|Starnite performers bring eclectic blend of styles|
|By CARI TROCK | News-Telegram Staff|
Aug. 21, 2005 -- This year’s Hopkins County Fall Festival “Starnite” performers are ready to provide Hopkins County with hours of fun, high energy and kickin’ country music.
This year’s musical event, held Sept. 17 on the last night of the festival, features Lantana, a trio of high-energy moms with ties to Sulphur Springs, and John Arthur Martinez, a performer who made his mark on “Nashville Star.”
The women-powered trio of Lantana are not just country entertainers with a lot of energy — they’re also moms. Karol Ann DeLong, Biz Haddock and Lisa Strother all have school-aged children, ranging from elementary school levels to college.
“We have nine kids between the three of us and three husbands,” DeLong said. “We take it day by day.”
Even though scheduling is the most difficult thing the ladies of Lantana do, according to DeLong, the support of the three families couldn’t be better.
“We couldn’t be in this business without them and their support,” said DeLong. “The kids are part of the concerts. It’s a family thing.”
It wasn’t until Bryan Schexneyder, a vocal coach in Plano, heard the three women that the idea of Lantana originated.
“He had a vision to put us together and come up with this trio of women singers,” DeLong said. “He said all of our voices would compliment each other and really thought this would be a good thing.”
The trio started out singing the national anthem at professional sporting events, such as Dallas Cowboy football games. Strother had written some original songs that the group eventually started singing, which then catapulted them into the East Texas music scene.
According to DeLong, Lantana means you take a little bit of the music that you loved when you grew up and you add in the attitude of today’s country music, blend it with some native Texan roots and then season it with some middle age hormones.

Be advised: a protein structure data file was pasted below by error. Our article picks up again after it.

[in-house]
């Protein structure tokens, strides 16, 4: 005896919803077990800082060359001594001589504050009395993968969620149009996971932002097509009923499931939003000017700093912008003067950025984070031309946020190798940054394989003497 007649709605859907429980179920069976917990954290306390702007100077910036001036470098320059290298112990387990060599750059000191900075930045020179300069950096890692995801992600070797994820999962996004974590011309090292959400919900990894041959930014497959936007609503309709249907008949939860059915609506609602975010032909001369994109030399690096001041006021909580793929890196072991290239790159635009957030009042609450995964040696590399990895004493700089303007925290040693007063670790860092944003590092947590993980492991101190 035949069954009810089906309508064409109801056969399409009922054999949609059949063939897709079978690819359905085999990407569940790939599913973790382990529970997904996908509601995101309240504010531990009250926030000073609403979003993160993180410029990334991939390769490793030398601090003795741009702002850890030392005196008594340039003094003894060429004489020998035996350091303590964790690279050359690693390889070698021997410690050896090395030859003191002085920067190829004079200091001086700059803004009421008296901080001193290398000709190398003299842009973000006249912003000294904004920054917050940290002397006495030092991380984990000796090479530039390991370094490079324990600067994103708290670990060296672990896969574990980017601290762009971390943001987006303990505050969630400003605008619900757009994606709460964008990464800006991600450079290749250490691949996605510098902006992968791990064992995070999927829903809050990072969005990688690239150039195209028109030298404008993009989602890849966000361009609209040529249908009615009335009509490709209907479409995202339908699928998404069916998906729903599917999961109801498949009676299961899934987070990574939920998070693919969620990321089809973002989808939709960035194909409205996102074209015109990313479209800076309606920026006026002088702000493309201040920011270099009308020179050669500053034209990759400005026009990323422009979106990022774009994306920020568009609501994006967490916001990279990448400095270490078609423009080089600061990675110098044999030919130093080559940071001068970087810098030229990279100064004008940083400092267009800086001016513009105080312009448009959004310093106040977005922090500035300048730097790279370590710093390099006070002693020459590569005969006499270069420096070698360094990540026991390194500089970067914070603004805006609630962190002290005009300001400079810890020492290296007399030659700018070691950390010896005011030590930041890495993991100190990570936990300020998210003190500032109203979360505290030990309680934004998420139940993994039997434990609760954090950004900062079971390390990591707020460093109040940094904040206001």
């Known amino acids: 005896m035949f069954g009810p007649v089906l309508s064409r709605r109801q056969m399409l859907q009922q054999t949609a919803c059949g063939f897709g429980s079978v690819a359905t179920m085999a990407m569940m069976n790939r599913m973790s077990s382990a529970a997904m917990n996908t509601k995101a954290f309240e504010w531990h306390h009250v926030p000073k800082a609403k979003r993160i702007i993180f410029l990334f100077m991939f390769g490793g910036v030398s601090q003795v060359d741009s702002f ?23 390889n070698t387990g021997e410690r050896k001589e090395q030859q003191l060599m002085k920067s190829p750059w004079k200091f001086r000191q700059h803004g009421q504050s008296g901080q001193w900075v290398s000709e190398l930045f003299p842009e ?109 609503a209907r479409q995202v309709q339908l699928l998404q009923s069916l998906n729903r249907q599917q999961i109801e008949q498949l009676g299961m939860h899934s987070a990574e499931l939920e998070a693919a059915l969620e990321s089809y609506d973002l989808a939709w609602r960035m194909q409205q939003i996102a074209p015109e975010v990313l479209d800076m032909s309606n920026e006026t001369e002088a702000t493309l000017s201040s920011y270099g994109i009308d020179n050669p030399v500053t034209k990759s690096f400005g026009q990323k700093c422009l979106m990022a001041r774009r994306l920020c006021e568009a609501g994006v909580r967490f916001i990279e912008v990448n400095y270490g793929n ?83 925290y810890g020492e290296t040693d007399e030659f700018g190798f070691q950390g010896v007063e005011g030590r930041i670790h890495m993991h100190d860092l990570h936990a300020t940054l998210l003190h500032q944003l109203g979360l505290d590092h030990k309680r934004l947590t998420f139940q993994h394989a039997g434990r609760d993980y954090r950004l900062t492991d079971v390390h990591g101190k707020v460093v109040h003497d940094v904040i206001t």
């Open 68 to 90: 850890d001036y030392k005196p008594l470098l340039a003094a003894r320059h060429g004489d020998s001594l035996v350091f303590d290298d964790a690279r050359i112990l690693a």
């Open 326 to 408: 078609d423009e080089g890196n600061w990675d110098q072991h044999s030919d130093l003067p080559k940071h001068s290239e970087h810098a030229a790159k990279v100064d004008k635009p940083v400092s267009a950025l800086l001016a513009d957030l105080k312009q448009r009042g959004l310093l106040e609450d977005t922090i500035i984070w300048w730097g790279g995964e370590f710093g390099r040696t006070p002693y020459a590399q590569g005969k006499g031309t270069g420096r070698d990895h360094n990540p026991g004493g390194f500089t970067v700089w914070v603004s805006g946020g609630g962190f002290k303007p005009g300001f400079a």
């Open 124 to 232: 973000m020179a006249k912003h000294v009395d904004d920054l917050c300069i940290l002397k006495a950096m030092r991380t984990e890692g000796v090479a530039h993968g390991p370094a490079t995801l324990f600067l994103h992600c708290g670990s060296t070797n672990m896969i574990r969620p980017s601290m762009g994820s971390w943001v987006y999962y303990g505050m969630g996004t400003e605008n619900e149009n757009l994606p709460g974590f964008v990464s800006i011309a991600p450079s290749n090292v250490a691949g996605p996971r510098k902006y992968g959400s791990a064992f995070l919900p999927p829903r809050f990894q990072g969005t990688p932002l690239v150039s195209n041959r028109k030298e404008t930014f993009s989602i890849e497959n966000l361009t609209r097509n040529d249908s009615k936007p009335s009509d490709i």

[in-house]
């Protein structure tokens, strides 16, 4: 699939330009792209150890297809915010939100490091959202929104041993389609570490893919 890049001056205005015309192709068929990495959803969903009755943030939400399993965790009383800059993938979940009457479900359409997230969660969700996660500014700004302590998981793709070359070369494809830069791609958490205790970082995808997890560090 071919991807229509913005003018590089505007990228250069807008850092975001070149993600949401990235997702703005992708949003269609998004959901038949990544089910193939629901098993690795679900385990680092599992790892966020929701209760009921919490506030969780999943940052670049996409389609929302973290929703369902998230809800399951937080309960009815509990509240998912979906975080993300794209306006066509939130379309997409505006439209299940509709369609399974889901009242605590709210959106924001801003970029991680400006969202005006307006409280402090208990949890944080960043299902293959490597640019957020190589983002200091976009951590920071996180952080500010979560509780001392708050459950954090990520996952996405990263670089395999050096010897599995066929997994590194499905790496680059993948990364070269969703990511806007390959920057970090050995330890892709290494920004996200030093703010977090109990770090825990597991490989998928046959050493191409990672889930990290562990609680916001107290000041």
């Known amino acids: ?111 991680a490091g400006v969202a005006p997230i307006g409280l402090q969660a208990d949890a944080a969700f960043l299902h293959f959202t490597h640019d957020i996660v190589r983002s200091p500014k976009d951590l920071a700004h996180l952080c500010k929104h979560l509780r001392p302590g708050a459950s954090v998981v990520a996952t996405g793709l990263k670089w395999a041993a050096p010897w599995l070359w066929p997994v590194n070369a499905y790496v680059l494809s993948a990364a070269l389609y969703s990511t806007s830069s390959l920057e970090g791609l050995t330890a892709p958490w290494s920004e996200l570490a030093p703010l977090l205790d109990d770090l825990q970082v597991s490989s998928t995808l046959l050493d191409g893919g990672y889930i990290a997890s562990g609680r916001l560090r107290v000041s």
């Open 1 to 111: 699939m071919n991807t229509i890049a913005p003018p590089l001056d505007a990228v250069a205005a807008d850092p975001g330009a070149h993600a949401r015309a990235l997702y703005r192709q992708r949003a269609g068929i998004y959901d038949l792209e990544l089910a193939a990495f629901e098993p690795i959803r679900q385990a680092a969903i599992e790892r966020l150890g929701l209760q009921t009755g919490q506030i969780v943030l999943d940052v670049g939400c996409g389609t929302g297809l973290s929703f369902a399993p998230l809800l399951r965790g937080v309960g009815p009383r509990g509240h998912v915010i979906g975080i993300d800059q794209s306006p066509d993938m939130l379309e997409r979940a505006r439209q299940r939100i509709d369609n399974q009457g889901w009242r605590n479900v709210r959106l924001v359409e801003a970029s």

Lantana’s music offers a variety of styles compacted into one solid sound that is described by the group as a “country groove.” Each woman brings a piece of diversity within their sound. Strother’s sound contains a lot of R&B, Haddock’s consists of rock, and DeLong brings in the country.
“Another thing that is cool is that we all trade lead melodies in each song,” DeLong explained. “We all sing in all songs, but we trade out the melody line, and so it really does give out a compilation sound because of the diversity of our sounds.”
The ladies of Lantana believe that the group reflects a lot of different views because each woman brings many life experiences to the table. In addition, they firmly believe that dreams have no limit of age or time.
“We love to be one of many examples of that,” DeLong stated. “There are a lot of middle-aged women out there doing what they love. Our kids are watching us and know that we have a love for music.”
In addition to being a member of Lantana and a full-time mom, DeLong, who was born and raised in Sulphur Springs and currently resides in McKinney, sings with the First Baptist Church choir in McKinney. Strother and Haddock, who live in Plano and Coppell respectively, are also active in extracurricular activities. Though the three families are constantly on the run, they are enjoying every minute of it.
“Feeling the energy from the people (at shows) and knowing they are enjoying being a part of what we do makes us feel accomplished,” DeLong said. “Our shows are very high energy, and we like to entertain. If we have entertained someone and have made them escape a little bit through music and have a good time, then we feel like we have done our job.”
Lantana’s seven-song CD, “Life Is Good,” is available at CDBaby.com and CD-Tex.com. More information about the group can be found at their website, www.lantanamusic.com.